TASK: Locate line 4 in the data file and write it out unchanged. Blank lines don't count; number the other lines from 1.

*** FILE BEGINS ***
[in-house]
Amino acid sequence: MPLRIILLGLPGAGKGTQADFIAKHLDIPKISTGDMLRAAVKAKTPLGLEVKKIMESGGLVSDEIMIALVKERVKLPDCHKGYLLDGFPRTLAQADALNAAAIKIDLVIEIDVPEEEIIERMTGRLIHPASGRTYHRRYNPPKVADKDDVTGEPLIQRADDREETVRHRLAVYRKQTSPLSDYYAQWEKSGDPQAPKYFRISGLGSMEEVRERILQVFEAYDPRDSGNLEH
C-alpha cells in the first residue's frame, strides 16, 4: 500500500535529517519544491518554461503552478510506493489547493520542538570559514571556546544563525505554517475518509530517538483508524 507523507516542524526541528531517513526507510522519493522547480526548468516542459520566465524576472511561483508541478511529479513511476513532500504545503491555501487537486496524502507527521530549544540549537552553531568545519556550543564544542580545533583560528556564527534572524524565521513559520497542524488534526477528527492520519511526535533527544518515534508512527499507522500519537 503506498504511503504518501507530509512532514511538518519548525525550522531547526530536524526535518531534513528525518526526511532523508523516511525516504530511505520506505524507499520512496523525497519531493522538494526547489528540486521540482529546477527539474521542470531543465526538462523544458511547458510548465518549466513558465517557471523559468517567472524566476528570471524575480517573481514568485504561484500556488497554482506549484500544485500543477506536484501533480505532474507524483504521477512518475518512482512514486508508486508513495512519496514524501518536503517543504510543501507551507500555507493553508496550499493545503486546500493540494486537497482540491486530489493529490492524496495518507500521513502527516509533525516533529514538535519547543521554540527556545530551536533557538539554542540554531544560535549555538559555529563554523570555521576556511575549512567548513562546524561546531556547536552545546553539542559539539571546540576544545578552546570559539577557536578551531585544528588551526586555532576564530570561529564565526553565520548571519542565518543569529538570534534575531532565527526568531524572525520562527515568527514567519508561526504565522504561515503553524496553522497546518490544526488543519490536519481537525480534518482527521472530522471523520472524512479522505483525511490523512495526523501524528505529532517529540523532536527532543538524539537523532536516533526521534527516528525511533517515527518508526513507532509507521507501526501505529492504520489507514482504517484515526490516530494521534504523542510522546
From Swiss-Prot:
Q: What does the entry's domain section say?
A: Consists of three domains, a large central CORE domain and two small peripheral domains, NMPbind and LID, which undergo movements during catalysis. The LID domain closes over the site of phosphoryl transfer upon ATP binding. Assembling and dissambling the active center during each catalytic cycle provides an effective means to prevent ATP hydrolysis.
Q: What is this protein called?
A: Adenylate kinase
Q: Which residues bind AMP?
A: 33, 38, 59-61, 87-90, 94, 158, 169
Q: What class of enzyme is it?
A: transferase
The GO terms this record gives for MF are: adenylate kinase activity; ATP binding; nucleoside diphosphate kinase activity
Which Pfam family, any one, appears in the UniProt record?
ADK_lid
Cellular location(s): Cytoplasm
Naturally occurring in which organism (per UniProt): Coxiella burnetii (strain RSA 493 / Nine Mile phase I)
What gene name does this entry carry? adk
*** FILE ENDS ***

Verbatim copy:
From Swiss-Prot: